Gary: Don't get us wrong. We do not consider the keyboard on the G3 PowerBook any sort of drawback. In fact, just the opposite. We found it to be as good as if not better than our desktop machines' keyboards. However, it does have a few keys in different places. The ten-key is part of the letters layout of the keyboard and to access it you must hit the new function key.

Randy: Don't fret, though. We simply remapped our keyboard layouts for our favorite games to avoid using the function key. After a round or two of killings, we were right at home.

Gary: No longer does a PowerBook need an external monitor for most users. The 14.1-inch screen in Gamey is amazingly huge.

Randy: And bright.

Gary: Yes, Randy, and bright. That is another great feature we have to mention. The built-in active matrix screen in Gamey is actually bigger than a standard 15-inch desktop monitor, and a hell of a lot clearer. I love people's reaction to the gigantic picture from Gamey's screen as he warms their pale, gaping faces with wonder and awe. Just wait until I take it on the plane when I go home for Christmas.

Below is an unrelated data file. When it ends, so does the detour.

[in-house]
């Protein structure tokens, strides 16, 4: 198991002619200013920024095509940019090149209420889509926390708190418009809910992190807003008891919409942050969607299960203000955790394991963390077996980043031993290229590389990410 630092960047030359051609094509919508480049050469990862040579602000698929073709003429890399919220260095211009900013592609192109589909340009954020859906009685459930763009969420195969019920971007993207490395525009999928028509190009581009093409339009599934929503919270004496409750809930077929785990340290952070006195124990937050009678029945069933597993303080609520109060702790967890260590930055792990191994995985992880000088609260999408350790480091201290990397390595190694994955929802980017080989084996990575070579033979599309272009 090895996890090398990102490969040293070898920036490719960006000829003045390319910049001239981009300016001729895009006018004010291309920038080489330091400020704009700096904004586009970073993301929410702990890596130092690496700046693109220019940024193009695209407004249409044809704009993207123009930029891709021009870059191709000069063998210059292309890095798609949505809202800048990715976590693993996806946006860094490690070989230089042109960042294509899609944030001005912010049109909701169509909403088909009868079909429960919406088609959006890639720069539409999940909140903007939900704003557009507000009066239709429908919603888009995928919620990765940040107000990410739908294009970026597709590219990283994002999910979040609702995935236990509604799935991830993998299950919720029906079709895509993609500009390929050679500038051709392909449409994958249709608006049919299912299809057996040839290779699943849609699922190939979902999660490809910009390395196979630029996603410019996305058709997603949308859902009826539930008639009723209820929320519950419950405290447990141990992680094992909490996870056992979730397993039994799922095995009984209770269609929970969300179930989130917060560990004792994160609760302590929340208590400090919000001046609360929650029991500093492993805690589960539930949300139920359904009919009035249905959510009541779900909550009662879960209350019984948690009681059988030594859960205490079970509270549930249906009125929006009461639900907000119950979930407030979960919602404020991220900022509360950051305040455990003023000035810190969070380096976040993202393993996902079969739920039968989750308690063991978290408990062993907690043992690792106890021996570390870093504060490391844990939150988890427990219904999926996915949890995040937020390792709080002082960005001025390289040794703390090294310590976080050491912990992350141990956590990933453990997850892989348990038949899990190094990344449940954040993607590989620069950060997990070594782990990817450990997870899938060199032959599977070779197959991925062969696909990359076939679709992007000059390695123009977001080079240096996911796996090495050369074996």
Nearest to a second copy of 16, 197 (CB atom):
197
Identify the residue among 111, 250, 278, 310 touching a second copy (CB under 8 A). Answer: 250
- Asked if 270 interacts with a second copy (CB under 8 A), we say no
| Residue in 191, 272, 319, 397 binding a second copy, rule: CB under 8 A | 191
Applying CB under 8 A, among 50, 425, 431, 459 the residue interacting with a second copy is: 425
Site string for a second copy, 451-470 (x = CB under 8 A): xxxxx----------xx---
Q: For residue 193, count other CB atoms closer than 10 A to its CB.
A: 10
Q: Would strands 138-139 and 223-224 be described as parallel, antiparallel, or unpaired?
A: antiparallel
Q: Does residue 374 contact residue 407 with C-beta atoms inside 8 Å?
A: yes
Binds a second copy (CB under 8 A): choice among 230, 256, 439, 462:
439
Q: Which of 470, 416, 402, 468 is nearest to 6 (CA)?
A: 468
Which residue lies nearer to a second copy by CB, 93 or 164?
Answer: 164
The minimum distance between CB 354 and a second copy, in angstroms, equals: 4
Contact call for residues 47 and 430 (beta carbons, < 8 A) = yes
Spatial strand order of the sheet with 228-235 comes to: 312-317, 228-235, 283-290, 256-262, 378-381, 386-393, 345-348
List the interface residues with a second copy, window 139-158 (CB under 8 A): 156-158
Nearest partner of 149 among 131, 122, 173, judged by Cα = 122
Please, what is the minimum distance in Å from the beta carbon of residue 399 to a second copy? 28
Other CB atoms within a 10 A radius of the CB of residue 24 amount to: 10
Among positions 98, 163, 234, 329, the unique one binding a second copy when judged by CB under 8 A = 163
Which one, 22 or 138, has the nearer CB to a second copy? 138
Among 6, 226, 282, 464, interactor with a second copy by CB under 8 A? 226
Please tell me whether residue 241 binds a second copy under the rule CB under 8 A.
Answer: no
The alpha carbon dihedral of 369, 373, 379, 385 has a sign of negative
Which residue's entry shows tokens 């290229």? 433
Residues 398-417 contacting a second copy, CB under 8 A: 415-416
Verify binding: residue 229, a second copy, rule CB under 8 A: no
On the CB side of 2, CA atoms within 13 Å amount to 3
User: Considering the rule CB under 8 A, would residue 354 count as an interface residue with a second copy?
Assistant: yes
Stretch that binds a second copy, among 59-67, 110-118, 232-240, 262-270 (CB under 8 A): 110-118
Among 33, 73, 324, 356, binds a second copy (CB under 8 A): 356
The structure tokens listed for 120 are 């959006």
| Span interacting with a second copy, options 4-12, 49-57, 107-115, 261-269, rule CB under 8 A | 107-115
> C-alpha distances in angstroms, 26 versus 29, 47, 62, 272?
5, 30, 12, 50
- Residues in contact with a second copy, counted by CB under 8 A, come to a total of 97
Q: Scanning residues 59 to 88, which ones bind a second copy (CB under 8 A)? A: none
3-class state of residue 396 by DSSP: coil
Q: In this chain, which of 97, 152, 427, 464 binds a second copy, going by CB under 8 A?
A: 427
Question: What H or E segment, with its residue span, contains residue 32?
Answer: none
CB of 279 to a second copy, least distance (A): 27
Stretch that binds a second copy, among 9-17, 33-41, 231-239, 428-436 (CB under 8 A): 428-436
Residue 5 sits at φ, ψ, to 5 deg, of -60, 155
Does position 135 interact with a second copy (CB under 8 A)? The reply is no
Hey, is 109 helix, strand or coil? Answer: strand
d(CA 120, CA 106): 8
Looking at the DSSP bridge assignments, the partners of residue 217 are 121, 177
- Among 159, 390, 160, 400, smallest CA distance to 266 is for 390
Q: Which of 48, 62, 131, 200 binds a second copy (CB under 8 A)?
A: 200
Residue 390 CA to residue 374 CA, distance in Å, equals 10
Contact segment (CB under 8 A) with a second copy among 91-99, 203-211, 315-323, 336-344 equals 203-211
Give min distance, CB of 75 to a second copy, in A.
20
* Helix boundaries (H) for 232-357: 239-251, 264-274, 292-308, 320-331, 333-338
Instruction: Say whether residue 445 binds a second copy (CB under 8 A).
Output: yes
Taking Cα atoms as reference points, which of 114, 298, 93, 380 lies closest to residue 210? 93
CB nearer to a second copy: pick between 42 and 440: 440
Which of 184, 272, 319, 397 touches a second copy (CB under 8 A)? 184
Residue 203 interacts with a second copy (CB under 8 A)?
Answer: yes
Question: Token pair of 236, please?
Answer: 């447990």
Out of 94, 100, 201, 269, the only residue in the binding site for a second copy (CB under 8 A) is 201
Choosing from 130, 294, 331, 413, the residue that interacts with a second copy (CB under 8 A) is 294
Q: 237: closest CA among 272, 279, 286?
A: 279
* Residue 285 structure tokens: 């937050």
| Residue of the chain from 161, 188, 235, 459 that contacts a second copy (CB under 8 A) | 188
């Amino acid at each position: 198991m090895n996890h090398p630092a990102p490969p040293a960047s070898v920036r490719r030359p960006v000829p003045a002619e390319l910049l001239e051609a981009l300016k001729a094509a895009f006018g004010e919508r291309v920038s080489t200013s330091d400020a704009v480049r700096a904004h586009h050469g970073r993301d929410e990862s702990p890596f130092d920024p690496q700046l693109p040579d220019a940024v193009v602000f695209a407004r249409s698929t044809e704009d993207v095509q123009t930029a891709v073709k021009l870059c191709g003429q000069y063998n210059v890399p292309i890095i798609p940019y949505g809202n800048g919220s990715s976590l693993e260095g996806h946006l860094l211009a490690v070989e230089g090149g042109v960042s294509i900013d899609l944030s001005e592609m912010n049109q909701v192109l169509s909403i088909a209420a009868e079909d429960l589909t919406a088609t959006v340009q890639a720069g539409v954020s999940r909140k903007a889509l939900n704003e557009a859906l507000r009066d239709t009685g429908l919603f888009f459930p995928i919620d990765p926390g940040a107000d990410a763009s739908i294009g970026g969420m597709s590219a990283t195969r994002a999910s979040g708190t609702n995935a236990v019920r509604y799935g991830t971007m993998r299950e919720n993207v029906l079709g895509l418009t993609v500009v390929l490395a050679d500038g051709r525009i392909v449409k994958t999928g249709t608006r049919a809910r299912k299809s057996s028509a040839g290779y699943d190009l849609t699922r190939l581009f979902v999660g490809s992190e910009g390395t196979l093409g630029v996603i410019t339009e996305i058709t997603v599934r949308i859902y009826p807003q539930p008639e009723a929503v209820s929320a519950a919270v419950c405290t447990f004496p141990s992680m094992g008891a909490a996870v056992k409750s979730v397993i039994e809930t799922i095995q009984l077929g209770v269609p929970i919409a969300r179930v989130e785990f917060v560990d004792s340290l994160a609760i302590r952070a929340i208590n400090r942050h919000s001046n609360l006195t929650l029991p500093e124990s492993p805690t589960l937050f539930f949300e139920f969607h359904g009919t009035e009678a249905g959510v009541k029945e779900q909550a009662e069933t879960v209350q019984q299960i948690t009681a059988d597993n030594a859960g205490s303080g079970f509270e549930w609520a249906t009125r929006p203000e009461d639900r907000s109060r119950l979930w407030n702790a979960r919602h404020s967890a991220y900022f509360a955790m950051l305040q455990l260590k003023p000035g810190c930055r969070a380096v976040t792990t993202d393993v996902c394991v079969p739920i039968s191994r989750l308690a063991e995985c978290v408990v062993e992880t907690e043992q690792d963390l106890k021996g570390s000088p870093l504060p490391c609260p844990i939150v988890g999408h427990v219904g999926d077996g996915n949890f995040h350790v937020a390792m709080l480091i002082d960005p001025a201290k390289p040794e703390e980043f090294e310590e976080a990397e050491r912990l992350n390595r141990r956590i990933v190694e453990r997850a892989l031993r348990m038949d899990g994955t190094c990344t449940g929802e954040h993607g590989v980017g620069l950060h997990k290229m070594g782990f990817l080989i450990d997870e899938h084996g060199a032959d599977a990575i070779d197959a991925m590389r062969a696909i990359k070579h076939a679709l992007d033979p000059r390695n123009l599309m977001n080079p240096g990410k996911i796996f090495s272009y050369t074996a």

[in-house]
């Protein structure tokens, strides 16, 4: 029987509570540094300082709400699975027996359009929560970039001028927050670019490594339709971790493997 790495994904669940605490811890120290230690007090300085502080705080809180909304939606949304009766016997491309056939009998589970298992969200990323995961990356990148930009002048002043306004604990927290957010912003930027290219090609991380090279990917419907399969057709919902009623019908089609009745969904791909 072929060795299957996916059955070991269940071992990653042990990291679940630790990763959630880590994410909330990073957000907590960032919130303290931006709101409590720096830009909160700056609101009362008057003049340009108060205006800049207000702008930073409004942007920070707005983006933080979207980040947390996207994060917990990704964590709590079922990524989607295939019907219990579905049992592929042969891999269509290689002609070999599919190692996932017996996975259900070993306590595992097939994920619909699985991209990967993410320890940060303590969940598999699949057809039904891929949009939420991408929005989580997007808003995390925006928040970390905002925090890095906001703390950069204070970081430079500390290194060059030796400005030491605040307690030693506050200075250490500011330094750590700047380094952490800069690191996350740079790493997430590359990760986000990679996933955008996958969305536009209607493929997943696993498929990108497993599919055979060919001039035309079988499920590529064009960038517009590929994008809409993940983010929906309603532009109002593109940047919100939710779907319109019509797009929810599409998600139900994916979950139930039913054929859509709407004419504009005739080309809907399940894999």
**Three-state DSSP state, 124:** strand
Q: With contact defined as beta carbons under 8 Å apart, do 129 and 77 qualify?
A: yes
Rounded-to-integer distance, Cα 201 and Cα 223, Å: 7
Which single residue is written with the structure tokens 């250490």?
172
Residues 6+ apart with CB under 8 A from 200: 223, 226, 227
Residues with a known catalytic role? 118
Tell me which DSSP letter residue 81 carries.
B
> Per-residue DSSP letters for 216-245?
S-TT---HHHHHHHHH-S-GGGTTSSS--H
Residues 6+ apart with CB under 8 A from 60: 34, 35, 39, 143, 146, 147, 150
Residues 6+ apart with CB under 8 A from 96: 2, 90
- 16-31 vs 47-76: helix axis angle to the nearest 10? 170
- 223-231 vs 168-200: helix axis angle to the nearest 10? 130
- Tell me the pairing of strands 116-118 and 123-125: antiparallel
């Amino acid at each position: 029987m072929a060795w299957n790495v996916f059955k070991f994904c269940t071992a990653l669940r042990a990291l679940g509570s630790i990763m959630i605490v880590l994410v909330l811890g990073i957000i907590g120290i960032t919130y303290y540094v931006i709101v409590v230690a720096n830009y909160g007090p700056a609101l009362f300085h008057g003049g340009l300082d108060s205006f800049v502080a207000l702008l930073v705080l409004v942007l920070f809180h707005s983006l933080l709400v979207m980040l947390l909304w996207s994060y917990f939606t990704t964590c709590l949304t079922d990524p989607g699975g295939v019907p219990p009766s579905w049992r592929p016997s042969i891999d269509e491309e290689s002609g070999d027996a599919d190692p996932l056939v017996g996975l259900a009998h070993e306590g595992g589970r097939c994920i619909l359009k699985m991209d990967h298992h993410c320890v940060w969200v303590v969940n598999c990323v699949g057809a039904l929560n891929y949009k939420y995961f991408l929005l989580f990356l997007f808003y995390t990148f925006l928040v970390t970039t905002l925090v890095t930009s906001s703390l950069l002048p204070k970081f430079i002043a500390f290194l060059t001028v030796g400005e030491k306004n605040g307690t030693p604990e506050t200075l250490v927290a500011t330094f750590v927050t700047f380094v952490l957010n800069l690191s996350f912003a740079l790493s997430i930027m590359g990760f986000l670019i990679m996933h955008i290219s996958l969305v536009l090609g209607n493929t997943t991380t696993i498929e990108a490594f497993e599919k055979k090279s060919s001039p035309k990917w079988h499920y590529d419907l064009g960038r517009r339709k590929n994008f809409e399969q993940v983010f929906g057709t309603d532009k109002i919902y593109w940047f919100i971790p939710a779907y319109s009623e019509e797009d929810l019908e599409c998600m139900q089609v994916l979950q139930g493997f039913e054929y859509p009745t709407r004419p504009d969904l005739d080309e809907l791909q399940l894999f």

Randy: Just make sure you obey the proper rules when travleing with a PowerBook. First, always use headphones so you don't disturb other passengers. Try to keep the screaming and cursing to a minimum. And most importantly, don't mock the hapless Windows users on the plane who are stuck with a sharp-cornered, bland, boring, laptop that is more suited to number crunching in Excel than grenade launching in MDK.

The PowerBook should humiliate them without you ever having to say a word.

Gary: In fact, this will be my first experience traveling with a PowerBook this holiday. I am eager to see what that is really like. Will there be enough room? Will the throngs of people leaning over my shoulder be a distraction? Will the PowerBook disable the plane's navigation systems, and send us plummeting to our doom? And will I even notice if I am in the middle of an intense session of Myth?

Randy: If that does happen, remember one thing. Save the Book!

I better get that baby in your will!